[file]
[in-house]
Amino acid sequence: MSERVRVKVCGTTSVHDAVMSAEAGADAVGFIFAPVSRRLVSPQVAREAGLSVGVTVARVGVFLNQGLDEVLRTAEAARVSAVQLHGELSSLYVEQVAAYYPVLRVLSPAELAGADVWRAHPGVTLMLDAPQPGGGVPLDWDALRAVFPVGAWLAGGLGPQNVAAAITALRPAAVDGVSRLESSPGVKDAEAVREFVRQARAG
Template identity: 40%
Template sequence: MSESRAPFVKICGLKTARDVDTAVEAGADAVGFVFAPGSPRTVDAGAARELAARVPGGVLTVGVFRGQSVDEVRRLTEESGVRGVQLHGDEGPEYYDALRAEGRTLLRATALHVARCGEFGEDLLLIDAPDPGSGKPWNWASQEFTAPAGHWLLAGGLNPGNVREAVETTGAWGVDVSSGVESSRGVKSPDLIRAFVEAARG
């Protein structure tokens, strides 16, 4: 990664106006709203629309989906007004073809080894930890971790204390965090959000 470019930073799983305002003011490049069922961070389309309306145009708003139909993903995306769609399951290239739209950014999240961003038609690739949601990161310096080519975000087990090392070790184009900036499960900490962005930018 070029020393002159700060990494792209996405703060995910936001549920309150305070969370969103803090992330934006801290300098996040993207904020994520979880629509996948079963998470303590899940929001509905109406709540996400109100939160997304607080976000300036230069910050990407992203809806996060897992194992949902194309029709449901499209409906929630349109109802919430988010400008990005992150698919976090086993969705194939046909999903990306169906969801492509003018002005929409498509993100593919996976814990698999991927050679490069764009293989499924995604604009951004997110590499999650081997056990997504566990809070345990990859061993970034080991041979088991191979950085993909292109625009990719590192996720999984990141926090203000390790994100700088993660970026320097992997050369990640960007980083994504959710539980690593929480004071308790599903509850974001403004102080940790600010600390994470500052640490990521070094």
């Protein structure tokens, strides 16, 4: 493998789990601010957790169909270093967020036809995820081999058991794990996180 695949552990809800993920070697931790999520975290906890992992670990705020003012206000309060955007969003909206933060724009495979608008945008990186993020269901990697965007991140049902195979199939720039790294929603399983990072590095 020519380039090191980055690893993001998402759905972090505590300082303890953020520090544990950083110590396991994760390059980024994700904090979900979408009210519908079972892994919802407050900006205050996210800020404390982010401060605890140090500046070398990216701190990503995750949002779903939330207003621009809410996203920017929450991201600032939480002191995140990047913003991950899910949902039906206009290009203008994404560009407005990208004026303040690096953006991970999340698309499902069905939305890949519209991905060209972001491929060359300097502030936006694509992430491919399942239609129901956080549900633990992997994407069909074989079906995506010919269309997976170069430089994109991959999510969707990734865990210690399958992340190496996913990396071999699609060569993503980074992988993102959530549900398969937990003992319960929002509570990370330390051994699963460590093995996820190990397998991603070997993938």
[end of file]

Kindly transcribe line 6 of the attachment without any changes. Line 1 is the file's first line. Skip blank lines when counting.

């Protein structure tokens, strides 16, 4: 493998789990601010957790169909270093967020036809995820081999058991794990996180 695949552990809800993920070697931790999520975290906890992992670990705020003012206000309060955007969003909206933060724009495979608008945008990186993020269901990697965007991140049902195979199939720039790294929603399983990072590095 020519380039090191980055690893993001998402759905972090505590300082303890953020520090544990950083110590396991994760390059980024994700904090979900979408009210519908079972892994919802407050900006205050996210800020404390982010401060605890140090500046070398990216701190990503995750949002779903939330207003621009809410996203920017929450991201600032939480002191995140990047913003991950899910949902039906206009290009203008994404560009407005990208004026303040690096953006991970999340698309499902069905939305890949519209991905060209972001491929060359300097502030936006694509992430491919399942239609129901956080549900633990992997994407069909074989079906995506010919269309997976170069430089994109991959999510969707990734865990210690399958992340190496996913990396071999699609060569993503980074992988993102959530549900398969937990003992319960929002509570990370330390051994699963460590093995996820190990397998991603070997993938």